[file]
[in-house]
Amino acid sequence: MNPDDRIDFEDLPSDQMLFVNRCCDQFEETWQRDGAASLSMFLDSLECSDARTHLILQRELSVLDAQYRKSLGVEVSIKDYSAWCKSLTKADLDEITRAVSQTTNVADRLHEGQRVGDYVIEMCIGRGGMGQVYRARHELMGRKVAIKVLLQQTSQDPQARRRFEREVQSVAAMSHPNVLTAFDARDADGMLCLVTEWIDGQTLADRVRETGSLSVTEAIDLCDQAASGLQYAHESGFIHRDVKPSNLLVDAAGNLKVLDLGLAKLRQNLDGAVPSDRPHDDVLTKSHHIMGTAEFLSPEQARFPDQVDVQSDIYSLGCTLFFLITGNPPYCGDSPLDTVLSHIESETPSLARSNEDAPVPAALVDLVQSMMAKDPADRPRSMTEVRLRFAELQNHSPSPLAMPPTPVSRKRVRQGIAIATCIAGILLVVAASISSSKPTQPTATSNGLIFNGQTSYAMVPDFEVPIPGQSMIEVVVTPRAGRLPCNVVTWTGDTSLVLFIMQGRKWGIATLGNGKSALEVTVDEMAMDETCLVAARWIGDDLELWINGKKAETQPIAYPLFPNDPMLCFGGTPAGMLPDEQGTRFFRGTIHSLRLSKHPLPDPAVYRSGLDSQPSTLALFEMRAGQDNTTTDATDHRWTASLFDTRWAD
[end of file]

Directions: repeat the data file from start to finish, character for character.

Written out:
[in-house]
Amino acid sequence: MNPDDRIDFEDLPSDQMLFVNRCCDQFEETWQRDGAASLSMFLDSLECSDARTHLILQRELSVLDAQYRKSLGVEVSIKDYSAWCKSLTKADLDEITRAVSQTTNVADRLHEGQRVGDYVIEMCIGRGGMGQVYRARHELMGRKVAIKVLLQQTSQDPQARRRFEREVQSVAAMSHPNVLTAFDARDADGMLCLVTEWIDGQTLADRVRETGSLSVTEAIDLCDQAASGLQYAHESGFIHRDVKPSNLLVDAAGNLKVLDLGLAKLRQNLDGAVPSDRPHDDVLTKSHHIMGTAEFLSPEQARFPDQVDVQSDIYSLGCTLFFLITGNPPYCGDSPLDTVLSHIESETPSLARSNEDAPVPAALVDLVQSMMAKDPADRPRSMTEVRLRFAELQNHSPSPLAMPPTPVSRKRVRQGIAIATCIAGILLVVAASISSSKPTQPTATSNGLIFNGQTSYAMVPDFEVPIPGQSMIEVVVTPRAGRLPCNVVTWTGDTSLVLFIMQGRKWGIATLGNGKSALEVTVDEMAMDETCLVAARWIGDDLELWINGKKAETQPIAYPLFPNDPMLCFGGTPAGMLPDEQGTRFFRGTIHSLRLSKHPLPDPAVYRSGLDSQPSTLALFEMRAGQDNTTTDATDHRWTASLFDTRWAD